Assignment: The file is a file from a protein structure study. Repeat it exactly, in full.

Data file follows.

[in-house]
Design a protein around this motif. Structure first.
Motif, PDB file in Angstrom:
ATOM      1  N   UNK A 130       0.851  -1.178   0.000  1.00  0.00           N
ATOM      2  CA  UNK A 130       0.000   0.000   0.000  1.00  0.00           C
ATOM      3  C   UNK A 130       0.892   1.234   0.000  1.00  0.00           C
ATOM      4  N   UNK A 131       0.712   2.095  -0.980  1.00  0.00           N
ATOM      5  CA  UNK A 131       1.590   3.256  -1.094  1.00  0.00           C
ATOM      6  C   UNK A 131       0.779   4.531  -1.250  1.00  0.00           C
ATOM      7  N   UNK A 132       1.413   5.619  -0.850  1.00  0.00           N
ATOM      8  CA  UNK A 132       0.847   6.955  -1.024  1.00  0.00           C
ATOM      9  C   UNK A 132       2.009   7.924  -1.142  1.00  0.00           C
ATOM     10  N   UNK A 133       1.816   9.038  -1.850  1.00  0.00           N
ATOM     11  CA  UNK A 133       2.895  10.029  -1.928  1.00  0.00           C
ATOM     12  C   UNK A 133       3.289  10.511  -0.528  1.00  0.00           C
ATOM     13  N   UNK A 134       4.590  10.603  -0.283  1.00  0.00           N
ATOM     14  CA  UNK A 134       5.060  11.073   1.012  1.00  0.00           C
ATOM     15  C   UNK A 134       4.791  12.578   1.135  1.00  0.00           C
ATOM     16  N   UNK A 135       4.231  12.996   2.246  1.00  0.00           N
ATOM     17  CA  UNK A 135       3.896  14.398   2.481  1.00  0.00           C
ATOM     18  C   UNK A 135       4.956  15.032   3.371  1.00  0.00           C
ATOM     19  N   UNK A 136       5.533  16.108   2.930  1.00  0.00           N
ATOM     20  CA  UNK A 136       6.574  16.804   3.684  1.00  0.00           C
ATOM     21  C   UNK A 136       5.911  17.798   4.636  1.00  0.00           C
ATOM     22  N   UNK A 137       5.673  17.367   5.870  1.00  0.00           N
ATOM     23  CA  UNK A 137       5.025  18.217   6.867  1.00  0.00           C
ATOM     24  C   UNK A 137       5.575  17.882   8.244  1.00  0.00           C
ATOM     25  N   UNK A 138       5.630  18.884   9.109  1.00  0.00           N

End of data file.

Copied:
[in-house]
Design a protein around this motif. Structure first.
Motif, PDB file in Angstrom:
ATOM      1  N   UNK A 130       0.851  -1.178   0.000  1.00  0.00           N
ATOM      2  CA  UNK A 130       0.000   0.000   0.000  1.00  0.00           C
ATOM      3  C   UNK A 130       0.892   1.234   0.000  1.00  0.00           C
ATOM      4  N   UNK A 131       0.712   2.095  -0.980  1.00  0.00           N
ATOM      5  CA  UNK A 131       1.590   3.256  -1.094  1.00  0.00           C
ATOM      6  C   UNK A 131       0.779   4.531  -1.250  1.00  0.00           C
ATOM      7  N   UNK A 132       1.413   5.619  -0.850  1.00  0.00           N
ATOM      8  CA  UNK A 132       0.847   6.955  -1.024  1.00  0.00           C
ATOM      9  C   UNK A 132       2.009   7.924  -1.142  1.00  0.00           C
ATOM     10  N   UNK A 133       1.816   9.038  -1.850  1.00  0.00           N
ATOM     11  CA  UNK A 133       2.895  10.029  -1.928  1.00  0.00           C
ATOM     12  C   UNK A 133       3.289  10.511  -0.528  1.00  0.00           C
ATOM     13  N   UNK A 134       4.590  10.603  -0.283  1.00  0.00           N
ATOM     14  CA  UNK A 134       5.060  11.073   1.012  1.00  0.00           C
ATOM     15  C   UNK A 134       4.791  12.578   1.135  1.00  0.00           C
ATOM     16  N   UNK A 135       4.231  12.996   2.246  1.00  0.00           N
ATOM     17  CA  UNK A 135       3.896  14.398   2.481  1.00  0.00           C
ATOM     18  C   UNK A 135       4.956  15.032   3.371  1.00  0.00           C
ATOM     19  N   UNK A 136       5.533  16.108   2.930  1.00  0.00           N
ATOM     20  CA  UNK A 136       6.574  16.804   3.684  1.00  0.00           C
ATOM     21  C   UNK A 136       5.911  17.798   4.636  1.00  0.00           C
ATOM     22  N   UNK A 137       5.673  17.367   5.870  1.00  0.00           N
ATOM     23  CA  UNK A 137       5.025  18.217   6.867  1.00  0.00           C
ATOM     24  C   UNK A 137       5.575  17.882   8.244  1.00  0.00           C
ATOM     25  N   UNK A 138       5.630  18.884   9.109  1.00  0.00           N